MRI of the Musculoskeletal System, Sixth Edition, comprehensively presents all aspects of MR musculoskeletal imaging, including basic principles of interpretation, physics, and terminology before moving through a systematic presentation of disease states in each anatomic region of the body. Its well-deserved reputation can be attributed to its clarity, simplicity, and comprehensiveness.The Sixth Edition features many updates, including: ·New pulse sequences and artifacts in the basics chapters ·Over 3,000 high-quality images including new anatomy drawings and images ·FREE access to a companion web site featuring full text as well as an interactive anatomy quiz with matching labels of over 300 images.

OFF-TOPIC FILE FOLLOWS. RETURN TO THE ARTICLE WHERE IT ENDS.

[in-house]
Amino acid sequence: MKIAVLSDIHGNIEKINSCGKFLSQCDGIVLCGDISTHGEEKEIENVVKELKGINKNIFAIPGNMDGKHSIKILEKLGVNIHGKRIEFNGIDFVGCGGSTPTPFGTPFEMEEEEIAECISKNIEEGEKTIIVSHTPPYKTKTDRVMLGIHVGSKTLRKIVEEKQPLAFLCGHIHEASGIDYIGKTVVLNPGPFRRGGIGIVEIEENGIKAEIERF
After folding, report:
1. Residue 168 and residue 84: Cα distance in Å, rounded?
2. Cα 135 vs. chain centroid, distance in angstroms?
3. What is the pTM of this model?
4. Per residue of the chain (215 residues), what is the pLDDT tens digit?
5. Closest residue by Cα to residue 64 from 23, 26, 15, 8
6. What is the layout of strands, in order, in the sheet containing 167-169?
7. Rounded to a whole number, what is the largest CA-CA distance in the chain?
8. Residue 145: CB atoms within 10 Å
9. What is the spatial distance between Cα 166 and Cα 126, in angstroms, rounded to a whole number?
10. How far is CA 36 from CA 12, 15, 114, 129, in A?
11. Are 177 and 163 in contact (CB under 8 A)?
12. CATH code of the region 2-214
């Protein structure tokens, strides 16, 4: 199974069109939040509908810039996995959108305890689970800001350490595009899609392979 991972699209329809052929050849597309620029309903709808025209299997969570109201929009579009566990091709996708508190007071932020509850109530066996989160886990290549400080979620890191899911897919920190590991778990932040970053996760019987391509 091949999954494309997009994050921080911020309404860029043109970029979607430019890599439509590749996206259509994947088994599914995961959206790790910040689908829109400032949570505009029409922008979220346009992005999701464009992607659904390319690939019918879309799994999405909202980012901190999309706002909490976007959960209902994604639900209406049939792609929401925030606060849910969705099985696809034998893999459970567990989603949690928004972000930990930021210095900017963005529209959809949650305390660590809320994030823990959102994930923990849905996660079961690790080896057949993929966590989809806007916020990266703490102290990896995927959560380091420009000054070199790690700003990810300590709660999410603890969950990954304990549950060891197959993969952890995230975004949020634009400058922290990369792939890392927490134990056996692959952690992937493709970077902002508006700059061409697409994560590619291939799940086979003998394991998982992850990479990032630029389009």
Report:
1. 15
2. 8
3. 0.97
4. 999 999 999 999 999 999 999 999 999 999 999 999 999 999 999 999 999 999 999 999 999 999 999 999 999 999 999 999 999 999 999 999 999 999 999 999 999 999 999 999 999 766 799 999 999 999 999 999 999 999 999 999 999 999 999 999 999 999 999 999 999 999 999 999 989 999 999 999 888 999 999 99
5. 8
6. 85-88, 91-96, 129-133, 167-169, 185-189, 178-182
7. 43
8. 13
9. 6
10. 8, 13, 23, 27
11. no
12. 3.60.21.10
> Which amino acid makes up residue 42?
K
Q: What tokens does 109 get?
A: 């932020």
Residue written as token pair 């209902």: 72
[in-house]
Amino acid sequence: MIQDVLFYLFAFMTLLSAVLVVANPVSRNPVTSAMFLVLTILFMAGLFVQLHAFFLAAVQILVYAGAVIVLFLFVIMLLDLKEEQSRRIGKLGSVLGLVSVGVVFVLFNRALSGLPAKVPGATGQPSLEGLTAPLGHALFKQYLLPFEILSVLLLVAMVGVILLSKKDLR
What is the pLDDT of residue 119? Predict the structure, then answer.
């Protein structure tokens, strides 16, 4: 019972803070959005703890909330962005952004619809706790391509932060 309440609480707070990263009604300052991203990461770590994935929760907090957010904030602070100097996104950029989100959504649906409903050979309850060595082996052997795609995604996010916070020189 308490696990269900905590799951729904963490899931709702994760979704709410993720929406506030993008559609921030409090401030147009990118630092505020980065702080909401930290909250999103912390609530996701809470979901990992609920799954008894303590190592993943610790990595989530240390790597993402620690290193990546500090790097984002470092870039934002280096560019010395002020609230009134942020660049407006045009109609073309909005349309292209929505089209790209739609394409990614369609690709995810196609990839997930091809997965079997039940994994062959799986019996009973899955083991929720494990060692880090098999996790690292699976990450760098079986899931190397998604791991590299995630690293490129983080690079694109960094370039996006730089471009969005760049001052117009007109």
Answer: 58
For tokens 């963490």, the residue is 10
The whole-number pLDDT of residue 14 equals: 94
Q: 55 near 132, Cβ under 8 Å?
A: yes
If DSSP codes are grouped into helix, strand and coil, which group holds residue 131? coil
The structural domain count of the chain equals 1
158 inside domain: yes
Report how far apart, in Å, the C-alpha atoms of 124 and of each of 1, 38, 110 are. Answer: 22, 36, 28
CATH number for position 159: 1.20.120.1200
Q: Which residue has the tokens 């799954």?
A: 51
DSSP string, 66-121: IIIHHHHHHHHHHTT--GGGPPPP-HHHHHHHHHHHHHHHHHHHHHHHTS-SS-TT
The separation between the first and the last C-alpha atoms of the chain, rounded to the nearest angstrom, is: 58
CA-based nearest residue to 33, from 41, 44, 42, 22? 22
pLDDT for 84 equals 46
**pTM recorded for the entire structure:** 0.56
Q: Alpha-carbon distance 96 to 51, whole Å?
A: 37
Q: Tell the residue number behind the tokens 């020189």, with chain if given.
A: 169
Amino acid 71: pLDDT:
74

Providing a rare glimpse of feminine Buddhist history, Niguma, Lady of Illusion brings to the forefront the life and teachings of a mysterious eleventh-century Kashmiri woman who became the source of a major Tibetan Buddhist practice lineage. The circumstances of her life and extraordinary qualities ascribed to her are analyzed in the greater context of spiritual biography and Buddhist doctrine. More than a historical presentation, Niguma´s story raises the question of women as real spiritual leaders versus male images of feminine principle and other related contemporary issues. This volume includes the thirteen works that have been attributed to Niguma in the Tibetan Buddhist canon. These collected works form the basis of an ancient lineage Shangpa, which continues to be actively studied and practiced today. These works include the source verses for such esoteric practices as the Six Yogas, the Great Seal, and the Chakrasamvara and Hevajra tantric practices that are widespread in Tibetan traditions. Also included is the only extant biography, which is enhanced by the few other sources of information on her life and work.